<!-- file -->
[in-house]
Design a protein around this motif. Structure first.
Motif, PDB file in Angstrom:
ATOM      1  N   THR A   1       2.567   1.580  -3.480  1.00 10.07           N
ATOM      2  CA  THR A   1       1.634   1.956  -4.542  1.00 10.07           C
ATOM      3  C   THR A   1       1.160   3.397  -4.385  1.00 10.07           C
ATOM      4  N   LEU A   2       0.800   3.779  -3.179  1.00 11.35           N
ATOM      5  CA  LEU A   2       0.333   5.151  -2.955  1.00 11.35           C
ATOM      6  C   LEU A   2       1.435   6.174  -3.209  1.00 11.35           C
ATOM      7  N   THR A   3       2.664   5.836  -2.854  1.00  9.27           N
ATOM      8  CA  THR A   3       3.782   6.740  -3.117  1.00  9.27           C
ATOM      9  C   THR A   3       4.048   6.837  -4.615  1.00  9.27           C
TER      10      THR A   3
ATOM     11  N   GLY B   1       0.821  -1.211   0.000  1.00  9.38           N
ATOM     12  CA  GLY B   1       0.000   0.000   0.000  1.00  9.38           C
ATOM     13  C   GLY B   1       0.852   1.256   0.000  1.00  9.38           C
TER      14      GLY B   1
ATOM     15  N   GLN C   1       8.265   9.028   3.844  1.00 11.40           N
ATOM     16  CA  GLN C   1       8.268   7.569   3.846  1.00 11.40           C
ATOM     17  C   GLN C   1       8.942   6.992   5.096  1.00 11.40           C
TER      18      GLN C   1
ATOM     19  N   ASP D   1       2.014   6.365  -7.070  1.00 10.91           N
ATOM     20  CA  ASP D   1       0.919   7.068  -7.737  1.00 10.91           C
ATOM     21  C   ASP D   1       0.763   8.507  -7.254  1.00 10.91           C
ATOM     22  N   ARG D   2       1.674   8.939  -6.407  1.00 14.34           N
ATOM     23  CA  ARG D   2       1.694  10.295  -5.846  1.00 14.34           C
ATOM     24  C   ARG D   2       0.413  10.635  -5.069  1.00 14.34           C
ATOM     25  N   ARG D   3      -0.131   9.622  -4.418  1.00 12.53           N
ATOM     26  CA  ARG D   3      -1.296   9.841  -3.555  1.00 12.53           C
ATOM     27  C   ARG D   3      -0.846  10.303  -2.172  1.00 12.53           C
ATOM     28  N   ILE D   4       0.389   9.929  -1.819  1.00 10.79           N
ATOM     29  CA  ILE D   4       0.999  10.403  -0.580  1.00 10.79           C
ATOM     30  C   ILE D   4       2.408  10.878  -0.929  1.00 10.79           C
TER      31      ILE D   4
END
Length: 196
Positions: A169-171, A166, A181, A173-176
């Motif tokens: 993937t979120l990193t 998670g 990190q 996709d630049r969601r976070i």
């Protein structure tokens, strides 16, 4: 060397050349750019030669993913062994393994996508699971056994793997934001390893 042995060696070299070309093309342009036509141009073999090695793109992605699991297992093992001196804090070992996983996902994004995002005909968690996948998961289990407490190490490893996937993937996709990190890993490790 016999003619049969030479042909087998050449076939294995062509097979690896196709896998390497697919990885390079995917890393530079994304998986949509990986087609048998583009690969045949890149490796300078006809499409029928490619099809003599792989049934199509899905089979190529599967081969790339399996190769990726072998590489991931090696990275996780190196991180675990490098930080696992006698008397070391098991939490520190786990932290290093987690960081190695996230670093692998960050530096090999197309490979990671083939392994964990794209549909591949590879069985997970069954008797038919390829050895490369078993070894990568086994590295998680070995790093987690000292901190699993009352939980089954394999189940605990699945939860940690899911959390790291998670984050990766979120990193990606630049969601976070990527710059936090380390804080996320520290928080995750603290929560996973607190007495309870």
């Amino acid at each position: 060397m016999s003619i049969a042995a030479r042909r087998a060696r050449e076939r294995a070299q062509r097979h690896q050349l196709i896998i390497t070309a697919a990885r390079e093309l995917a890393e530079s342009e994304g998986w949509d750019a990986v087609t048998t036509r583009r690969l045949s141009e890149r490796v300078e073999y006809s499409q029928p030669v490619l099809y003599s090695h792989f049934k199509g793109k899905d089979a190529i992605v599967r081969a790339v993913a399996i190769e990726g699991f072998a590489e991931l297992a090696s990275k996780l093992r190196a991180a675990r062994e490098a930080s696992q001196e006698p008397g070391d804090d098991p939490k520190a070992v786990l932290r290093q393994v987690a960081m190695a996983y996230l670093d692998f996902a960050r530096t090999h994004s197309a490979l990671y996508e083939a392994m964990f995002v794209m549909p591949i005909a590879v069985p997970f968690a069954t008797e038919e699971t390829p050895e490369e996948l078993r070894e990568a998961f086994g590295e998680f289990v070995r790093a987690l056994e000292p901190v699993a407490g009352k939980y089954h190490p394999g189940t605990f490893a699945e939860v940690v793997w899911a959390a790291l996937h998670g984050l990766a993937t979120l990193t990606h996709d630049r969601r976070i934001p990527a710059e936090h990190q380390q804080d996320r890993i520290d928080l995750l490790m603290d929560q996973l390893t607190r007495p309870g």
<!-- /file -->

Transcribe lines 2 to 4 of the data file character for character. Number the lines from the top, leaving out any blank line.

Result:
Design a protein around this motif. Structure first.
Motif, PDB file in Angstrom:
ATOM      1  N   THR A   1       2.567   1.580  -3.480  1.00 10.07           N